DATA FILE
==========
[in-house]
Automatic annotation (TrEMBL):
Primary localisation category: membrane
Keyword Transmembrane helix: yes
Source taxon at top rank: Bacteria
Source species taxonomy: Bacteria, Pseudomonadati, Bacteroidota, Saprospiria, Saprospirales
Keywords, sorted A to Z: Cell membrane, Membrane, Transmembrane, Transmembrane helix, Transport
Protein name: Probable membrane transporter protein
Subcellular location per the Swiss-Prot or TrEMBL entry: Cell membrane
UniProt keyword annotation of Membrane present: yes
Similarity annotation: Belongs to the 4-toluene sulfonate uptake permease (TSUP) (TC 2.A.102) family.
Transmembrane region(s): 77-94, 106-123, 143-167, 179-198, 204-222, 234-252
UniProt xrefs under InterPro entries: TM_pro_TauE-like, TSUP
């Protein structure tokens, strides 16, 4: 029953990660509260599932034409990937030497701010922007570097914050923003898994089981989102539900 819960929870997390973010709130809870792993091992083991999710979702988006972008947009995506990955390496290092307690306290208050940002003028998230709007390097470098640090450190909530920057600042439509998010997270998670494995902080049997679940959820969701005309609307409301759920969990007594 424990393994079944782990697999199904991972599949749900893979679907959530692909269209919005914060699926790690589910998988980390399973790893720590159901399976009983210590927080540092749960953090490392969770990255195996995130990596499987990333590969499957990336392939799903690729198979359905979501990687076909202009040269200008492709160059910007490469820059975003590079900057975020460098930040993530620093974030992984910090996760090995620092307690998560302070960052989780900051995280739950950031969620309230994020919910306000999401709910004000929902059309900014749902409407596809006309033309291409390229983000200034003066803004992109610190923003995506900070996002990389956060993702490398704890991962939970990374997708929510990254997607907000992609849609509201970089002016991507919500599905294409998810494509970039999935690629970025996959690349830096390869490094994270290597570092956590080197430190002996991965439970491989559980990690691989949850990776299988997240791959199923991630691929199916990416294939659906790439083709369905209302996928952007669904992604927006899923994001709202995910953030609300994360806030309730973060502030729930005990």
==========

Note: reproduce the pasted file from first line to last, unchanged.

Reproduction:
[in-house]
Automatic annotation (TrEMBL):
Primary localisation category: membrane
Keyword Transmembrane helix: yes
Source taxon at top rank: Bacteria
Source species taxonomy: Bacteria, Pseudomonadati, Bacteroidota, Saprospiria, Saprospirales
Keywords, sorted A to Z: Cell membrane, Membrane, Transmembrane, Transmembrane helix, Transport
Protein name: Probable membrane transporter protein
Subcellular location per the Swiss-Prot or TrEMBL entry: Cell membrane
UniProt keyword annotation of Membrane present: yes
Similarity annotation: Belongs to the 4-toluene sulfonate uptake permease (TSUP) (TC 2.A.102) family.
Transmembrane region(s): 77-94, 106-123, 143-167, 179-198, 204-222, 234-252
UniProt xrefs under InterPro entries: TM_pro_TauE-like, TSUP
């Protein structure tokens, strides 16, 4: 029953990660509260599932034409990937030497701010922007570097914050923003898994089981989102539900 819960929870997390973010709130809870792993091992083991999710979702988006972008947009995506990955390496290092307690306290208050940002003028998230709007390097470098640090450190909530920057600042439509998010997270998670494995902080049997679940959820969701005309609307409301759920969990007594 424990393994079944782990697999199904991972599949749900893979679907959530692909269209919005914060699926790690589910998988980390399973790893720590159901399976009983210590927080540092749960953090490392969770990255195996995130990596499987990333590969499957990336392939799903690729198979359905979501990687076909202009040269200008492709160059910007490469820059975003590079900057975020460098930040993530620093974030992984910090996760090995620092307690998560302070960052989780900051995280739950950031969620309230994020919910306000999401709910004000929902059309900014749902409407596809006309033309291409390229983000200034003066803004992109610190923003995506900070996002990389956060993702490398704890991962939970990374997708929510990254997607907000992609849609509201970089002016991507919500599905294409998810494509970039999935690629970025996959690349830096390869490094994270290597570092956590080197430190002996991965439970491989559980990690691989949850990776299988997240791959199923991630691929199916990416294939659906790439083709369905209302996928952007669904992604927006899923994001709202995910953030609300994360806030309730973060502030729930005990």